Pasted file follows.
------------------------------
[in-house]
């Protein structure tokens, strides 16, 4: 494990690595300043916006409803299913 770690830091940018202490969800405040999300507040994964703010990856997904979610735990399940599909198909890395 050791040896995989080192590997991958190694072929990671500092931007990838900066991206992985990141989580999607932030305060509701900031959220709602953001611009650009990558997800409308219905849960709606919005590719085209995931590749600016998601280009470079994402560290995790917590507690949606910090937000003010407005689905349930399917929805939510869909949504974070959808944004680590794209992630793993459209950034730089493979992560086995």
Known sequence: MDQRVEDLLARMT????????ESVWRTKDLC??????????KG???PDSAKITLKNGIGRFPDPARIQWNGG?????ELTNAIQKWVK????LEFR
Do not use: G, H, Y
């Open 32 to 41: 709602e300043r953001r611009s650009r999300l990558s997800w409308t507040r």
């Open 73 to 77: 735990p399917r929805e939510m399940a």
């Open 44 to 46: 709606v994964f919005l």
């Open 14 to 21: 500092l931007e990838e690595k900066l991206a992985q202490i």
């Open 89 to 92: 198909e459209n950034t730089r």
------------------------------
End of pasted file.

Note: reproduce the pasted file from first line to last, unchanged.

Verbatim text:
[in-house]
């Protein structure tokens, strides 16, 4: 494990690595300043916006409803299913 770690830091940018202490969800405040999300507040994964703010990856997904979610735990399940599909198909890395 050791040896995989080192590997991958190694072929990671500092931007990838900066991206992985990141989580999607932030305060509701900031959220709602953001611009650009990558997800409308219905849960709606919005590719085209995931590749600016998601280009470079994402560290995790917590507690949606910090937000003010407005689905349930399917929805939510869909949504974070959808944004680590794209992630793993459209950034730089493979992560086995």
Known sequence: MDQRVEDLLARMT????????ESVWRTKDLC??????????KG???PDSAKITLKNGIGRFPDPARIQWNGG?????ELTNAIQKWVK????LEFR
Do not use: G, H, Y
């Open 32 to 41: 709602e300043r953001r611009s650009r999300l990558s997800w409308t507040r």
């Open 73 to 77: 735990p399917r929805e939510m399940a």
């Open 44 to 46: 709606v994964f919005l």
């Open 14 to 21: 500092l931007e990838e690595k900066l991206a992985q202490i």
């Open 89 to 92: 198909e459209n950034t730089r």